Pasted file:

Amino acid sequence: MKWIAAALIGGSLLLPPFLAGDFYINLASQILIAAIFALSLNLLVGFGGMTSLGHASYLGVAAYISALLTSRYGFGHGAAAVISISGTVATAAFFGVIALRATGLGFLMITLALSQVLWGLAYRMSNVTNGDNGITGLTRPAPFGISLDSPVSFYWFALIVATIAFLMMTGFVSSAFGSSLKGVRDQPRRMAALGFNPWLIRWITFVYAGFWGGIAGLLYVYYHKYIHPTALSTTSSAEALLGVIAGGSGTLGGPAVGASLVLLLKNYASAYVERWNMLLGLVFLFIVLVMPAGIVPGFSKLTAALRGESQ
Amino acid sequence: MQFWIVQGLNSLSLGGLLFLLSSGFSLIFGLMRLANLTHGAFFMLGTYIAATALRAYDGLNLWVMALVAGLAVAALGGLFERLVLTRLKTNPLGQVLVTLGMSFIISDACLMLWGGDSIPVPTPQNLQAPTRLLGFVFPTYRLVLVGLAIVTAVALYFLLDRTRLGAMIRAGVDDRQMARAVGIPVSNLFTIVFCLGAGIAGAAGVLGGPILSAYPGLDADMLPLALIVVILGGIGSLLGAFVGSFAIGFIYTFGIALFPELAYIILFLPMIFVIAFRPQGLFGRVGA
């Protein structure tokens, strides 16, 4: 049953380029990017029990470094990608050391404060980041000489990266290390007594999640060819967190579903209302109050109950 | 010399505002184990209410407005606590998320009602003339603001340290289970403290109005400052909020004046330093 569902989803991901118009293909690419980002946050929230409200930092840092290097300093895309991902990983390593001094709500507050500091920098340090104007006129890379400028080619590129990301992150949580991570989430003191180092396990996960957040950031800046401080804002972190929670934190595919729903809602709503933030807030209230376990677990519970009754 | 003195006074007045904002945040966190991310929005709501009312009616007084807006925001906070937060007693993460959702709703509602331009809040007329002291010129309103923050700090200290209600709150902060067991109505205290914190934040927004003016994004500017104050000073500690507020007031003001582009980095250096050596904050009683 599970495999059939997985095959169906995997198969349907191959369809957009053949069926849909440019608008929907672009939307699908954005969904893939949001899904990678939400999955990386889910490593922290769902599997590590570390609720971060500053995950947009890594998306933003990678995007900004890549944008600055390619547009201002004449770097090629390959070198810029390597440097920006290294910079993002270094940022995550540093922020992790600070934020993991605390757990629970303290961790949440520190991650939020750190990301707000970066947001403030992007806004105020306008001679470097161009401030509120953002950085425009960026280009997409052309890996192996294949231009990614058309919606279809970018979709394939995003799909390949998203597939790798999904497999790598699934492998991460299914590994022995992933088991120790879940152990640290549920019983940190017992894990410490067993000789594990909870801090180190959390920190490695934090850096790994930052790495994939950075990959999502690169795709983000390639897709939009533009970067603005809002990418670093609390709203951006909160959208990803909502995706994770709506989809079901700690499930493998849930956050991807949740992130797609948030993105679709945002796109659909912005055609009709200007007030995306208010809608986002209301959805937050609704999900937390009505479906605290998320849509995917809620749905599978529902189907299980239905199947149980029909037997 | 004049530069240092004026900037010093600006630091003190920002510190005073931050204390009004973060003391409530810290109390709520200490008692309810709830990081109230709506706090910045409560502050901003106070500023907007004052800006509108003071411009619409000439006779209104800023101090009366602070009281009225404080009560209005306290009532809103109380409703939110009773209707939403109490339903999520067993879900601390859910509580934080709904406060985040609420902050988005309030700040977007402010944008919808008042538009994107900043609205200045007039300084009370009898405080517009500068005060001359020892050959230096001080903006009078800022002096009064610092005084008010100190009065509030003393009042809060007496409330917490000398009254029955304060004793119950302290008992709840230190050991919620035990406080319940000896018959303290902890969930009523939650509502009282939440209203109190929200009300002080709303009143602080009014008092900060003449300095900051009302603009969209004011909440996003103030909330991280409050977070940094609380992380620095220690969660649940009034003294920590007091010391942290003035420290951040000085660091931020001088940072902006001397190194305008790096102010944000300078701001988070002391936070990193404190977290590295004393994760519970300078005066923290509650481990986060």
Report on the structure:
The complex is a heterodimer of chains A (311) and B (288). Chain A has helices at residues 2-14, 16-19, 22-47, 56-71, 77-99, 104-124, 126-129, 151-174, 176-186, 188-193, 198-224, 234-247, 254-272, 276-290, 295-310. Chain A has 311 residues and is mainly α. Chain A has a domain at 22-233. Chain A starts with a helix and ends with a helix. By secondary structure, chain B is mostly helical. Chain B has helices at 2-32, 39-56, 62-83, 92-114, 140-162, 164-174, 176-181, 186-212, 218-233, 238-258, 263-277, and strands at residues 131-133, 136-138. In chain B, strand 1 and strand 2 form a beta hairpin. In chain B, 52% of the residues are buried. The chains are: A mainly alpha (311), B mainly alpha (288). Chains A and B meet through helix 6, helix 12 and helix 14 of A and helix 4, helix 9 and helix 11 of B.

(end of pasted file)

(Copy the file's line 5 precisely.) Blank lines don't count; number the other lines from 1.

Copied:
The complex is a heterodimer of chains A (311) and B (288). Chain A has helices at residues 2-14, 16-19, 22-47, 56-71, 77-99, 104-124, 126-129, 151-174, 176-186, 188-193, 198-224, 234-247, 254-272, 276-290, 295-310. Chain A has 311 residues and is mainly α. Chain A has a domain at 22-233. Chain A starts with a helix and ends with a helix. By secondary structure, chain B is mostly helical. Chain B has helices at 2-32, 39-56, 62-83, 92-114, 140-162, 164-174, 176-181, 186-212, 218-233, 238-258, 263-277, and strands at residues 131-133, 136-138. In chain B, strand 1 and strand 2 form a beta hairpin. In chain B, 52% of the residues are buried. The chains are: A mainly alpha (311), B mainly alpha (288). Chains A and B meet through helix 6, helix 12 and helix 14 of A and helix 4, helix 9 and helix 11 of B.